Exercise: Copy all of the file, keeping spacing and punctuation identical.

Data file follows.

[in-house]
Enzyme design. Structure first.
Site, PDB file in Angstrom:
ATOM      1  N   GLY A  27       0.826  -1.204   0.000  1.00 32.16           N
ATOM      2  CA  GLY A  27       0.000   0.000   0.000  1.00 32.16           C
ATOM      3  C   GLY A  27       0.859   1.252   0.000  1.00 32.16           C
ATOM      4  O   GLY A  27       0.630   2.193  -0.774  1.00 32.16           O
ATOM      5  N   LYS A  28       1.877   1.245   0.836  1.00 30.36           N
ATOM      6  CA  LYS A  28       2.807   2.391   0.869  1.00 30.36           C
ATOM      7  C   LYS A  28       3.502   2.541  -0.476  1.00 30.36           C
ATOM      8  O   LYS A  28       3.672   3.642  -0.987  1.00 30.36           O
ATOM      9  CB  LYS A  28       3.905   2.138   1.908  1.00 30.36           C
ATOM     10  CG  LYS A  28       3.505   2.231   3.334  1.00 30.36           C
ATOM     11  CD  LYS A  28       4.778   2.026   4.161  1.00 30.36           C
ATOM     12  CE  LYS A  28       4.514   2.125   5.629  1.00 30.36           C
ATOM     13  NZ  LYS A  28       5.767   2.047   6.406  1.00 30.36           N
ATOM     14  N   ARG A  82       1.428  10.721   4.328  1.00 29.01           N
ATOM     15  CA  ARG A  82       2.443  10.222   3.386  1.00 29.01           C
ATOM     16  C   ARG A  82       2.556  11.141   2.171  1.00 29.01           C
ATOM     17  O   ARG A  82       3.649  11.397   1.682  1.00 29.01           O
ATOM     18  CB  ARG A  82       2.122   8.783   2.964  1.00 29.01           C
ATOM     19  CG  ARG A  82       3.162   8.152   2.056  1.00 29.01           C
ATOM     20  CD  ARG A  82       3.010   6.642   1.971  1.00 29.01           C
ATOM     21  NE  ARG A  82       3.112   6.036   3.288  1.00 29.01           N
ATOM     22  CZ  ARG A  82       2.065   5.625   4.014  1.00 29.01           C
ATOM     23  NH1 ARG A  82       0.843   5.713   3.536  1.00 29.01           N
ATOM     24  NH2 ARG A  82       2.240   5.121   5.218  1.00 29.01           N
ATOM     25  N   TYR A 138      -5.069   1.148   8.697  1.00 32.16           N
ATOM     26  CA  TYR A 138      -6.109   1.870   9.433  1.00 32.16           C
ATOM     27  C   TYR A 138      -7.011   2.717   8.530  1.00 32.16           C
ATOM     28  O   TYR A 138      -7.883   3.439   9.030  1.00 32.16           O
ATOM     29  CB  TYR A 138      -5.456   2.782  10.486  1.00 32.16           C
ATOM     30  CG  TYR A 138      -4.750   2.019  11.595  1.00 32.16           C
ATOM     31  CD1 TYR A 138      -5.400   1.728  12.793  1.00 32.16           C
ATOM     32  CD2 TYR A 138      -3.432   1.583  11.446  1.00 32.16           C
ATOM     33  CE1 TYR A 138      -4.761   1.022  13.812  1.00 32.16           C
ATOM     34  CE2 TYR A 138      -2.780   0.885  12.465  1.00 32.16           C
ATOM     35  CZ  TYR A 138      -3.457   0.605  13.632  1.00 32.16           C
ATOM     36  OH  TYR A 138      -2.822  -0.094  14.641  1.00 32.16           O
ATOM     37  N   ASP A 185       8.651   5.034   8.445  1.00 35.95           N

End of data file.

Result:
[in-house]
Enzyme design. Structure first.
Site, PDB file in Angstrom:
ATOM      1  N   GLY A  27       0.826  -1.204   0.000  1.00 32.16           N
ATOM      2  CA  GLY A  27       0.000   0.000   0.000  1.00 32.16           C
ATOM      3  C   GLY A  27       0.859   1.252   0.000  1.00 32.16           C
ATOM      4  O   GLY A  27       0.630   2.193  -0.774  1.00 32.16           O
ATOM      5  N   LYS A  28       1.877   1.245   0.836  1.00 30.36           N
ATOM      6  CA  LYS A  28       2.807   2.391   0.869  1.00 30.36           C
ATOM      7  C   LYS A  28       3.502   2.541  -0.476  1.00 30.36           C
ATOM      8  O   LYS A  28       3.672   3.642  -0.987  1.00 30.36           O
ATOM      9  CB  LYS A  28       3.905   2.138   1.908  1.00 30.36           C
ATOM     10  CG  LYS A  28       3.505   2.231   3.334  1.00 30.36           C
ATOM     11  CD  LYS A  28       4.778   2.026   4.161  1.00 30.36           C
ATOM     12  CE  LYS A  28       4.514   2.125   5.629  1.00 30.36           C
ATOM     13  NZ  LYS A  28       5.767   2.047   6.406  1.00 30.36           N
ATOM     14  N   ARG A  82       1.428  10.721   4.328  1.00 29.01           N
ATOM     15  CA  ARG A  82       2.443  10.222   3.386  1.00 29.01           C
ATOM     16  C   ARG A  82       2.556  11.141   2.171  1.00 29.01           C
ATOM     17  O   ARG A  82       3.649  11.397   1.682  1.00 29.01           O
ATOM     18  CB  ARG A  82       2.122   8.783   2.964  1.00 29.01           C
ATOM     19  CG  ARG A  82       3.162   8.152   2.056  1.00 29.01           C
ATOM     20  CD  ARG A  82       3.010   6.642   1.971  1.00 29.01           C
ATOM     21  NE  ARG A  82       3.112   6.036   3.288  1.00 29.01           N
ATOM     22  CZ  ARG A  82       2.065   5.625   4.014  1.00 29.01           C
ATOM     23  NH1 ARG A  82       0.843   5.713   3.536  1.00 29.01           N
ATOM     24  NH2 ARG A  82       2.240   5.121   5.218  1.00 29.01           N
ATOM     25  N   TYR A 138      -5.069   1.148   8.697  1.00 32.16           N
ATOM     26  CA  TYR A 138      -6.109   1.870   9.433  1.00 32.16           C
ATOM     27  C   TYR A 138      -7.011   2.717   8.530  1.00 32.16           C
ATOM     28  O   TYR A 138      -7.883   3.439   9.030  1.00 32.16           O
ATOM     29  CB  TYR A 138      -5.456   2.782  10.486  1.00 32.16           C
ATOM     30  CG  TYR A 138      -4.750   2.019  11.595  1.00 32.16           C
ATOM     31  CD1 TYR A 138      -5.400   1.728  12.793  1.00 32.16           C
ATOM     32  CD2 TYR A 138      -3.432   1.583  11.446  1.00 32.16           C
ATOM     33  CE1 TYR A 138      -4.761   1.022  13.812  1.00 32.16           C
ATOM     34  CE2 TYR A 138      -2.780   0.885  12.465  1.00 32.16           C
ATOM     35  CZ  TYR A 138      -3.457   0.605  13.632  1.00 32.16           C
ATOM     36  OH  TYR A 138      -2.822  -0.094  14.641  1.00 32.16           O
ATOM     37  N   ASP A 185       8.651   5.034   8.445  1.00 35.95           N